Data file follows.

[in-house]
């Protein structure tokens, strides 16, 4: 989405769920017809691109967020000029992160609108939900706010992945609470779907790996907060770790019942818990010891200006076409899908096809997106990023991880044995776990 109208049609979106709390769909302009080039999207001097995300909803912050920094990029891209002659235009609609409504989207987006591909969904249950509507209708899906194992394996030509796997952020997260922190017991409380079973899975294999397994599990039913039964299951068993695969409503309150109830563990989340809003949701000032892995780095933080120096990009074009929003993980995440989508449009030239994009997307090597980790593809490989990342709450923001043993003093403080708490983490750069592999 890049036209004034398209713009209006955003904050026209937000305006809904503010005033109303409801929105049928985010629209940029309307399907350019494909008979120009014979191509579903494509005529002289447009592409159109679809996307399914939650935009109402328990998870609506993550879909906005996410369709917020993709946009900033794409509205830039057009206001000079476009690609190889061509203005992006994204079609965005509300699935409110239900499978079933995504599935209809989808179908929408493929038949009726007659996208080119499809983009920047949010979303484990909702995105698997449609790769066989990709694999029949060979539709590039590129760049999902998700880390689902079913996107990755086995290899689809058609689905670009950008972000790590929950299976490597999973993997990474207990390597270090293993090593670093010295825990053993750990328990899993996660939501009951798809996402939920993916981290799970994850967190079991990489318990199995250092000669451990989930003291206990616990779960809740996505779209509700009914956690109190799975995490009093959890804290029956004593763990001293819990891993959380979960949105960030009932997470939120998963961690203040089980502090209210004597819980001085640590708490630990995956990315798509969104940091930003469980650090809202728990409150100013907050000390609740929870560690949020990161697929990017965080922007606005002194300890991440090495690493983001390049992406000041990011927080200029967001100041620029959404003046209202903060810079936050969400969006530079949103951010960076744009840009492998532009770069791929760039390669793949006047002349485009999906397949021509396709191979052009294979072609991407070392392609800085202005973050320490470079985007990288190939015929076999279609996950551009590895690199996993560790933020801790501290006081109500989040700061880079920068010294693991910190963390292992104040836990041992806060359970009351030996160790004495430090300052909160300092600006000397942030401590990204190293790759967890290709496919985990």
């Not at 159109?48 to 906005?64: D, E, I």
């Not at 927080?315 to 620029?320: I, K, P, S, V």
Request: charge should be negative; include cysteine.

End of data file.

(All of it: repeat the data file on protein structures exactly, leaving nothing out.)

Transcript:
[in-house]
């Protein structure tokens, strides 16, 4: 989405769920017809691109967020000029992160609108939900706010992945609470779907790996907060770790019942818990010891200006076409899908096809997106990023991880044995776990 109208049609979106709390769909302009080039999207001097995300909803912050920094990029891209002659235009609609409504989207987006591909969904249950509507209708899906194992394996030509796997952020997260922190017991409380079973899975294999397994599990039913039964299951068993695969409503309150109830563990989340809003949701000032892995780095933080120096990009074009929003993980995440989508449009030239994009997307090597980790593809490989990342709450923001043993003093403080708490983490750069592999 890049036209004034398209713009209006955003904050026209937000305006809904503010005033109303409801929105049928985010629209940029309307399907350019494909008979120009014979191509579903494509005529002289447009592409159109679809996307399914939650935009109402328990998870609506993550879909906005996410369709917020993709946009900033794409509205830039057009206001000079476009690609190889061509203005992006994204079609965005509300699935409110239900499978079933995504599935209809989808179908929408493929038949009726007659996208080119499809983009920047949010979303484990909702995105698997449609790769066989990709694999029949060979539709590039590129760049999902998700880390689902079913996107990755086995290899689809058609689905670009950008972000790590929950299976490597999973993997990474207990390597270090293993090593670093010295825990053993750990328990899993996660939501009951798809996402939920993916981290799970994850967190079991990489318990199995250092000669451990989930003291206990616990779960809740996505779209509700009914956690109190799975995490009093959890804290029956004593763990001293819990891993959380979960949105960030009932997470939120998963961690203040089980502090209210004597819980001085640590708490630990995956990315798509969104940091930003469980650090809202728990409150100013907050000390609740929870560690949020990161697929990017965080922007606005002194300890991440090495690493983001390049992406000041990011927080200029967001100041620029959404003046209202903060810079936050969400969006530079949103951010960076744009840009492998532009770069791929760039390669793949006047002349485009999906397949021509396709191979052009294979072609991407070392392609800085202005973050320490470079985007990288190939015929076999279609996950551009590895690199996993560790933020801790501290006081109500989040700061880079920068010294693991910190963390292992104040836990041992806060359970009351030996160790004495430090300052909160300092600006000397942030401590990204190293790759967890290709496919985990």
């Not at 159109?48 to 906005?64: D, E, I």
């Not at 927080?315 to 620029?320: I, K, P, S, V």
Request: charge should be negative; include cysteine.